Like many men now in their 30s or 40s who lived in New York City in the '90s watching at least ten hours of TV per week, I still quote lines from "Seinfeld" in everyday conversation. This column's title comes from an episode where George Costanza is upset that his world with his friends is colliding with his very separate world with his girlfriend. Depending on your love of "Seinfeld," hilarity ensues as George tries to keep his friends apart from his girlfriend so the George known to his girlfriend does not "kill Independent George."
I've had that episode pop in my head many times since I joined digital video network Smartclip. For the past 13 years, I have been focused on online advertising, and before that I was a part of the TV world. I miss the people from the national TV ad marketplace and the simplicity of buying and selling. Not that the people in TV are simple of course, but it was nice to buy $3 million of media over the phone after a week of negotiations and then simply get the follow-up letter from the sales rep confirming the buy a few days later. Creative was delivered on time, campaigns started and ended on time, and everyone agreed on how ratings were measured. As they say on the "Saturday Night Live" sketch "Delicious Dish": "Good times, good times."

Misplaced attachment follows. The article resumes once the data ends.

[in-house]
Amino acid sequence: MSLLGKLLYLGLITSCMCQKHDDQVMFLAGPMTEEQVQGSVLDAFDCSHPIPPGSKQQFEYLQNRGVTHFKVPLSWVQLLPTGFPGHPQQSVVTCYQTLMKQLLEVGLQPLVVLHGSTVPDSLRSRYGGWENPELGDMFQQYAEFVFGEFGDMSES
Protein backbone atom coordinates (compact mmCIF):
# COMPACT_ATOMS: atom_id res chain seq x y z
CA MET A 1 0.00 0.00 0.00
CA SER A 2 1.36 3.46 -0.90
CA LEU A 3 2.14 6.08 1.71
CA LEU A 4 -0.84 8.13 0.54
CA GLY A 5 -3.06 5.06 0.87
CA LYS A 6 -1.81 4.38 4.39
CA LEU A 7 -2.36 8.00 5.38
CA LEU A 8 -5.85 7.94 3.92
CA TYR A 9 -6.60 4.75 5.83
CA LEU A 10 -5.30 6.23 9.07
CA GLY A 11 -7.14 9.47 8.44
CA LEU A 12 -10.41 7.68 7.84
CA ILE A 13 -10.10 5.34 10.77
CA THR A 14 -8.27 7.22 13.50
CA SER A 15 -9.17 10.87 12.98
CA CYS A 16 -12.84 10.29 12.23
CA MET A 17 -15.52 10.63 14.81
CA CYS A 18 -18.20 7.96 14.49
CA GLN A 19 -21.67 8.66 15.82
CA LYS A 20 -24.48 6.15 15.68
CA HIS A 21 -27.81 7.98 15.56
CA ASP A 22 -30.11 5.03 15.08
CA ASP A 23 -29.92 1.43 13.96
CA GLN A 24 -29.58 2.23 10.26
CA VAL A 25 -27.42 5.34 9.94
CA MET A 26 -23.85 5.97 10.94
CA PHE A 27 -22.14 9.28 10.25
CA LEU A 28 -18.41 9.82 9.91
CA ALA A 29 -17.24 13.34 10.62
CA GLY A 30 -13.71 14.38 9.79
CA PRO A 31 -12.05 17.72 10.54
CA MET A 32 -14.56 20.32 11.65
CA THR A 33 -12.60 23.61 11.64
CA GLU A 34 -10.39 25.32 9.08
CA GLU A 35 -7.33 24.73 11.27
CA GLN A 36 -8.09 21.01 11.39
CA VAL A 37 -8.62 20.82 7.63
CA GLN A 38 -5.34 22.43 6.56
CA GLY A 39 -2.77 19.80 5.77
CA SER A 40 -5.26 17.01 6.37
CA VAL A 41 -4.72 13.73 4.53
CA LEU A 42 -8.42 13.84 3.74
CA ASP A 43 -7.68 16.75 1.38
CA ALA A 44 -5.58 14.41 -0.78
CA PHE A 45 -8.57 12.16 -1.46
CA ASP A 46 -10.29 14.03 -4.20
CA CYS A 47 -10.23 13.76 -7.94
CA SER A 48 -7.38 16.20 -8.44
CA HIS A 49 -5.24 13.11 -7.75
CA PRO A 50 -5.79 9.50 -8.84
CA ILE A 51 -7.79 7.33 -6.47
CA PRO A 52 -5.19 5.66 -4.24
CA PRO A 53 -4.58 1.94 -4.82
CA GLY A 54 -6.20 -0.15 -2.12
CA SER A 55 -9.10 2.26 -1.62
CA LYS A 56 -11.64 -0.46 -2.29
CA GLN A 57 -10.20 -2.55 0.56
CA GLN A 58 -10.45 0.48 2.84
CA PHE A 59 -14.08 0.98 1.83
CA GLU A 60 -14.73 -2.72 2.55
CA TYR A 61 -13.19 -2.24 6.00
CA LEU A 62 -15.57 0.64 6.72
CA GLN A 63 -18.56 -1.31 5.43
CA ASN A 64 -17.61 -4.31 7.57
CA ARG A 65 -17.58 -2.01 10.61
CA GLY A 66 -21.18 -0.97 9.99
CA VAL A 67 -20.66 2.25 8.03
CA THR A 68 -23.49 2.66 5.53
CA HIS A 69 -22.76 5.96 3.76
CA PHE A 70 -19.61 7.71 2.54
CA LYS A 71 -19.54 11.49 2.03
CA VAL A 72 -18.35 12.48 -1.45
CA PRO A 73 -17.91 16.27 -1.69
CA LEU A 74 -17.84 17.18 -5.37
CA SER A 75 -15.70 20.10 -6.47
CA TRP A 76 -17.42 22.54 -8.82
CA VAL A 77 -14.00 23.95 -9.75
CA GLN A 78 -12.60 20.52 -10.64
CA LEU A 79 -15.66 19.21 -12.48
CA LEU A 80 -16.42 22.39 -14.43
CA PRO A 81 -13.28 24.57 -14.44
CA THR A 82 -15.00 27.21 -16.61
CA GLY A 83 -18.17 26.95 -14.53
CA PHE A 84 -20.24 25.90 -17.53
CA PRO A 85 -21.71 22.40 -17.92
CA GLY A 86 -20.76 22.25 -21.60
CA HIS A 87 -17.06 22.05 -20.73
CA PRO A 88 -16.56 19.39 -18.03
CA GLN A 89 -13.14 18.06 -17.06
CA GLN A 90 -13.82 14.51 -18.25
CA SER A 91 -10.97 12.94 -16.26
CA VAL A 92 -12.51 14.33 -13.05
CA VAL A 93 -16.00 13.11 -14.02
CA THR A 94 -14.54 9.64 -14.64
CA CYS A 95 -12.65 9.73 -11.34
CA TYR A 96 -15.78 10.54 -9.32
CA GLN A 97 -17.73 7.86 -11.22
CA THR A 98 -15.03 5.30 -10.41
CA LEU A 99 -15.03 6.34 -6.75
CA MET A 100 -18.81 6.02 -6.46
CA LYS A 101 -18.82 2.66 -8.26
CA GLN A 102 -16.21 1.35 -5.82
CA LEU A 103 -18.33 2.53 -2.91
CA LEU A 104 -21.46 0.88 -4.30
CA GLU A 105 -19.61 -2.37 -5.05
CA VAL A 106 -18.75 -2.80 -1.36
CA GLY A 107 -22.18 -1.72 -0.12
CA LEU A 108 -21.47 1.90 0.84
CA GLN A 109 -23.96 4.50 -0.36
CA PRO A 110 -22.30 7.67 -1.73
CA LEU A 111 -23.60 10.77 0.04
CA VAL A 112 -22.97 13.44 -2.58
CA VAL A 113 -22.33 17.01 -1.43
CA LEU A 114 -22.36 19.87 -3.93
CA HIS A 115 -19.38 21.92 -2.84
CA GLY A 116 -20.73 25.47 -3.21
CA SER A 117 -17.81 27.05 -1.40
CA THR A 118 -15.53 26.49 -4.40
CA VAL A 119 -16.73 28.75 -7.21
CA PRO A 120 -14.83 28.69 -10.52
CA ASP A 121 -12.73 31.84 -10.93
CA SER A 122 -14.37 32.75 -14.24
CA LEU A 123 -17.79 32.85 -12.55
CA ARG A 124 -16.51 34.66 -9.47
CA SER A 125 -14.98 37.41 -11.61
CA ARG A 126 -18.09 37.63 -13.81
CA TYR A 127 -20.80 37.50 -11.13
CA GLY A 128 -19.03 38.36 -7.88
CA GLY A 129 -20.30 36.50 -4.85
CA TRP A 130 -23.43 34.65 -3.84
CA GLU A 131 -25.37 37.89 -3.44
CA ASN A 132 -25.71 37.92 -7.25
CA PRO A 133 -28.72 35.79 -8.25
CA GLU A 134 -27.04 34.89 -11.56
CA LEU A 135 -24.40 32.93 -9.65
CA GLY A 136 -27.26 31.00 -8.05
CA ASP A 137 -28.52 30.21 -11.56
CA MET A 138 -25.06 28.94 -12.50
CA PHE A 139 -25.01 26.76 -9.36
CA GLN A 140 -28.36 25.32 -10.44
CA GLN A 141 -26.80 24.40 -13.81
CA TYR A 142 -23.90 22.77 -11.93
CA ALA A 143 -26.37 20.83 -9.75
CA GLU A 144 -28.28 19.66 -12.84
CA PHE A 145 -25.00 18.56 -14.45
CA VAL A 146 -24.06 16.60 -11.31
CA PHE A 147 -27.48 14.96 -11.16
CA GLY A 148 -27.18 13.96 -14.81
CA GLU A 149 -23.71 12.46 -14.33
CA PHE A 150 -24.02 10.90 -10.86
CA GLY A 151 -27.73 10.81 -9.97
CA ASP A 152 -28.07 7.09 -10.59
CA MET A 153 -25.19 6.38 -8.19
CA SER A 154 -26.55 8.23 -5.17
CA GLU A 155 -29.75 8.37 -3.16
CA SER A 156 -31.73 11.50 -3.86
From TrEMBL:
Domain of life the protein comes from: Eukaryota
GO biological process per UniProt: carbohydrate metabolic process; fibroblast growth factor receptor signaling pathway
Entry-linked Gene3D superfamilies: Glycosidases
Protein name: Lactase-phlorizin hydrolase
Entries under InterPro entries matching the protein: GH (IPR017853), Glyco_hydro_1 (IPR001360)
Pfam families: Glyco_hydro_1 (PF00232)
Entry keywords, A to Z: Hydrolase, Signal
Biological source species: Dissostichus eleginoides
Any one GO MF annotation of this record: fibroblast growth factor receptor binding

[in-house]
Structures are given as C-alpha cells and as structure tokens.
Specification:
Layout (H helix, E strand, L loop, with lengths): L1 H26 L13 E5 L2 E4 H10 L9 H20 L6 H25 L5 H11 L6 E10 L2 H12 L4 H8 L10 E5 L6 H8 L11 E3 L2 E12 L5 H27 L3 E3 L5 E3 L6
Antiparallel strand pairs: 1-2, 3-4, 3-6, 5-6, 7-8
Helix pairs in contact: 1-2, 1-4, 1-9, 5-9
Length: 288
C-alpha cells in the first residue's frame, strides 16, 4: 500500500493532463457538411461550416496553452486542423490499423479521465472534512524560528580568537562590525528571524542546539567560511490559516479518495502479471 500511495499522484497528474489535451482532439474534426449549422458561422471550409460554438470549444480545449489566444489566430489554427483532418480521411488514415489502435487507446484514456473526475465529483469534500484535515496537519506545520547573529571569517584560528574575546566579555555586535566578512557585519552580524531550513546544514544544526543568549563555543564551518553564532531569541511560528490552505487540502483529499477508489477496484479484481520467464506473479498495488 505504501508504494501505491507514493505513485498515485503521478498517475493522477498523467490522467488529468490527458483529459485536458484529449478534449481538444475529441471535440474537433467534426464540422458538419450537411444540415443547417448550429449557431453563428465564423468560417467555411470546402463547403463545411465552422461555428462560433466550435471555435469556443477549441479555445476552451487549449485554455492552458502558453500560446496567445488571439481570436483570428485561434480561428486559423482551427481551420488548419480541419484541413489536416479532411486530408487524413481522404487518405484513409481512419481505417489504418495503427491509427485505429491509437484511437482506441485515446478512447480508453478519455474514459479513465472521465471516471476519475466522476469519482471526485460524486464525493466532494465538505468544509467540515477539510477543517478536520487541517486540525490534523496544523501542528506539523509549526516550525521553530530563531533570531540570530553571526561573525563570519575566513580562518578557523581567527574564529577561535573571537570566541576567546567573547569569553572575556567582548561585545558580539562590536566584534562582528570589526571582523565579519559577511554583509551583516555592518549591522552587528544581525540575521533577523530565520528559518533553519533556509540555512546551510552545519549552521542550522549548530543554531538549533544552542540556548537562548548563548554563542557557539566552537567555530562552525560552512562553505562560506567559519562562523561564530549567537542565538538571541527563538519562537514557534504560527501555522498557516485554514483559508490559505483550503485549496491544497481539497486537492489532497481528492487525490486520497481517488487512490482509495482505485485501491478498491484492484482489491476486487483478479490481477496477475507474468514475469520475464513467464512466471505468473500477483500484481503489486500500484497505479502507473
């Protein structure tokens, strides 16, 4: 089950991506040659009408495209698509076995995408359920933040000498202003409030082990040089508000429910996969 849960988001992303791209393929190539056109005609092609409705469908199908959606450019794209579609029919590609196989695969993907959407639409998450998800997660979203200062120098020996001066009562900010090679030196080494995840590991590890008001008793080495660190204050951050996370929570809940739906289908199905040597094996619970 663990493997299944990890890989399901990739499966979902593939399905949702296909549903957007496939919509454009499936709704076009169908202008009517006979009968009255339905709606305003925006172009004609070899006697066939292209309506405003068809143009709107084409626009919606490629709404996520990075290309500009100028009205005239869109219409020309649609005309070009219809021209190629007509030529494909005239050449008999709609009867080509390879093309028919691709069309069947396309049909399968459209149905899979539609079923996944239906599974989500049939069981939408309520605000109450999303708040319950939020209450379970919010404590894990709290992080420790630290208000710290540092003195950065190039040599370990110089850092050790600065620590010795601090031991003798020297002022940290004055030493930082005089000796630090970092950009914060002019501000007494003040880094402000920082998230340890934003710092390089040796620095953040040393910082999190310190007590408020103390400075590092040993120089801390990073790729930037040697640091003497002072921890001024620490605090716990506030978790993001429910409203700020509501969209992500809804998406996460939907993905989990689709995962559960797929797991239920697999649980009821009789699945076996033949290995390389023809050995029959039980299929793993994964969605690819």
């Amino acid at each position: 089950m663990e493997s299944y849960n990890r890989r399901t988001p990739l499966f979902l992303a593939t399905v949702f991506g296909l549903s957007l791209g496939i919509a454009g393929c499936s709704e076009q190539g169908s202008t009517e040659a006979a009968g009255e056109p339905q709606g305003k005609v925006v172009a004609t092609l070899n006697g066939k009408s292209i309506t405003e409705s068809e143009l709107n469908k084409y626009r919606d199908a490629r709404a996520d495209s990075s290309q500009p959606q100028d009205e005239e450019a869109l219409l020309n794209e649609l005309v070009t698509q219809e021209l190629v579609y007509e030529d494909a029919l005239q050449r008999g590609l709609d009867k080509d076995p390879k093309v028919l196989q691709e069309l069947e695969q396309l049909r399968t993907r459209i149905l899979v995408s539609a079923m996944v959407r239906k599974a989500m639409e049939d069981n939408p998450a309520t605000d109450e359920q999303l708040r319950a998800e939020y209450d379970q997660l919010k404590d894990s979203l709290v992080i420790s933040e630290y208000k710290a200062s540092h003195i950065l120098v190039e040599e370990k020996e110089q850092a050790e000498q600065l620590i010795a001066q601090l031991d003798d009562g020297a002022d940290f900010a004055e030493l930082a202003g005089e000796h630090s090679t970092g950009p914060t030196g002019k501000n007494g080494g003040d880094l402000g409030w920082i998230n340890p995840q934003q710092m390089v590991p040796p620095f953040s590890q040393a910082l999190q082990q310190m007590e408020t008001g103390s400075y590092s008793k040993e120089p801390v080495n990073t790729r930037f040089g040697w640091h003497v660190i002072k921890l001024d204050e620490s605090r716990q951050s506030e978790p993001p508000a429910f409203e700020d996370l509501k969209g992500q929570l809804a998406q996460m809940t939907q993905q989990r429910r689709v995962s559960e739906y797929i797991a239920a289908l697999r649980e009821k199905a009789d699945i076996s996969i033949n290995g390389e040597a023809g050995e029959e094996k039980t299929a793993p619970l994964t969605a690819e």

I had flashbacks to that world last fall when I was lucky enough to attend the farewell party for BBDO/OMD/PHD icon Steve Grubbs, who was one of two people responsible for letting me drop some TV clients and start BBDO's online media buying practice in '95. Of the 75 people at the party, I was probably one of a few not still in the national TV business. Yes, the TV business has changed in some ways over the past 10+ years as I learn when talking with my old colleagues, but obviously nothing like the constantly evolving world of online. It was amazing to see how separate our jobs had been over the years even though we perform the same core roles, just in different media.
There are some signs, however, that TV and online people are starting to work together and understand each other's business. In the last week of TV upfront presentations, we're seeing more-integrated sales teams getting better at packaging TV and online inventory, assigning proper value and not just throwing in online as added value, as TV billboards get tossed in with :30s.
More specific to the world of online video, we now have a large enough audience, thanks to broadband penetration and content delivery platforms, that online video inventory is starting to get tangible enough to make a real impact for clients and justify some budget shifts. And measurement firms are starting to build tools that can truly help agencies and clients measure key variables like reach, frequency, and ad effectiveness for TV and online. But there are still too many silos in every organization across the ecosystem.
In Germany, our parent company is seeing about half of its revenue this year coming from TV budgets. How can networks like ours get to that point here in the U.S.? I'd like to hear from you on challenges and successes at your firms.
And as our online advertising industry continues to mature, hopefully we can still hang onto what we love about Independent George.